Cyberwar, Cyberattacks and -conflicts of course are hyped. I would not exclude me from that hype but what a lot of people who ‘hype’ it tend to forget is that the targets of cyber warfare are quiet limited. In order to have a vulnerable IT-infrastructure you first need to have an IT-infrastructure. One example might be an intelligence agency working with an autarkic network without any connection to the interconnected network. Difficult to hack into something which cannot be accessed from the Internet. What I like to talk about in this article is not extreme security but rather – what many call – ‘third world’ or developing countries.
If someone would seriously consider attacking the United states of America – most probably terrorist and asymmetric attacks rather than countries – its IT infrastructure would be a weak spot that could be tested and attacked. Power Plants, Power Grids, Traffic Lights among others would be interesting targets. Even taking over the website of the White House could probably do a lot of harm. So, there, cyber attacks could be kind of harmful for a country such as the United States. But, of course, the United States is one of the most developed countries in the world. What about an underdeveloped country?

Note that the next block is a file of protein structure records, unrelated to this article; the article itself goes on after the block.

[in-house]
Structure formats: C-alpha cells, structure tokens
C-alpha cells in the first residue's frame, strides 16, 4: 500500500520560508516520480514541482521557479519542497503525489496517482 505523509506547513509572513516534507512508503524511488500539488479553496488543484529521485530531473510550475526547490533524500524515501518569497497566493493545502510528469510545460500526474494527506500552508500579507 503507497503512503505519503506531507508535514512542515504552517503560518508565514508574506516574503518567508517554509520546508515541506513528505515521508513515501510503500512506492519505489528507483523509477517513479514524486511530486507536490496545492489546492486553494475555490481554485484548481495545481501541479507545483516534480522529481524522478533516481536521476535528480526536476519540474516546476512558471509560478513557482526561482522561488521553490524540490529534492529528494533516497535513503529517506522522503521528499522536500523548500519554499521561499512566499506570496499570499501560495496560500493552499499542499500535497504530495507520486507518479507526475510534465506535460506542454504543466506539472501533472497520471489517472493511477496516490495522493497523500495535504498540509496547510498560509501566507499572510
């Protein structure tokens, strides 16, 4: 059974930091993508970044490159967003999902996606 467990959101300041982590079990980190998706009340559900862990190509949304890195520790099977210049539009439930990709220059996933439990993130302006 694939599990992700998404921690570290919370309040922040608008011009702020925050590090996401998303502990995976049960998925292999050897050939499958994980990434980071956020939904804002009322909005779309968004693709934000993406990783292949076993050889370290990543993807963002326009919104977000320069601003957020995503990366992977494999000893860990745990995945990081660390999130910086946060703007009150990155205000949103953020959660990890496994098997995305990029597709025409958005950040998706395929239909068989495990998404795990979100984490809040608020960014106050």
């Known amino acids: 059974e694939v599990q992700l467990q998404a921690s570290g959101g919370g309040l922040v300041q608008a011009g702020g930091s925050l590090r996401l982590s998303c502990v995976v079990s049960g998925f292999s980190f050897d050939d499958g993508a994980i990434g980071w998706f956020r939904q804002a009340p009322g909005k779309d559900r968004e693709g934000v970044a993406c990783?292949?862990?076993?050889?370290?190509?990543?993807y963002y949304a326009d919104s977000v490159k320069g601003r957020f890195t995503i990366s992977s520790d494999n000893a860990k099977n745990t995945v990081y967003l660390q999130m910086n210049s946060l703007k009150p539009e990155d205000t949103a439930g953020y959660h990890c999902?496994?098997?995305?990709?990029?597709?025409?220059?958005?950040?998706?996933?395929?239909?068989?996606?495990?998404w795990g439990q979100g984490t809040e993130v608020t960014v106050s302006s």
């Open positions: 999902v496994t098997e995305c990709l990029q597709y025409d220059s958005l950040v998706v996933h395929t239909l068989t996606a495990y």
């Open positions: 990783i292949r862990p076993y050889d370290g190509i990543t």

Of course, some harm can be done there. But nothing too serious. Take for example the current conflict in Libya. How many people took note that Anonymous (claimed via Twitter) shot down some governmental websites of the Libyan government? Not many. Why is that? Because that does not change anything. A severe conflict is going on in that country and if the websites of the government are up or not might be worth a laugh as PR disaster but that’s it. Imagine Libyan hackers would shut down several governmental websites and maybe do other things to the French because of their involvement in the no-fly-zone in Libya? Heck, that would be a difference.
Of course, not having an IT-infrastructure is not an option. It is needed for economic growth amongst other things.
Interesting might be to regard cyber warfare as – what the Tofflers call – Anti-War. An act which could be regarded as war but in a way does the opposite. Blowing steam instead of really hurting people. Similar to an arms race or nuclear deterrence. Cracking and hacking might be an supplement to modern warfare but will never substitute for it. However, some wars might be kept as cold as a well-chilled CPU due to the use of cyber warfare as a means of Anti-War.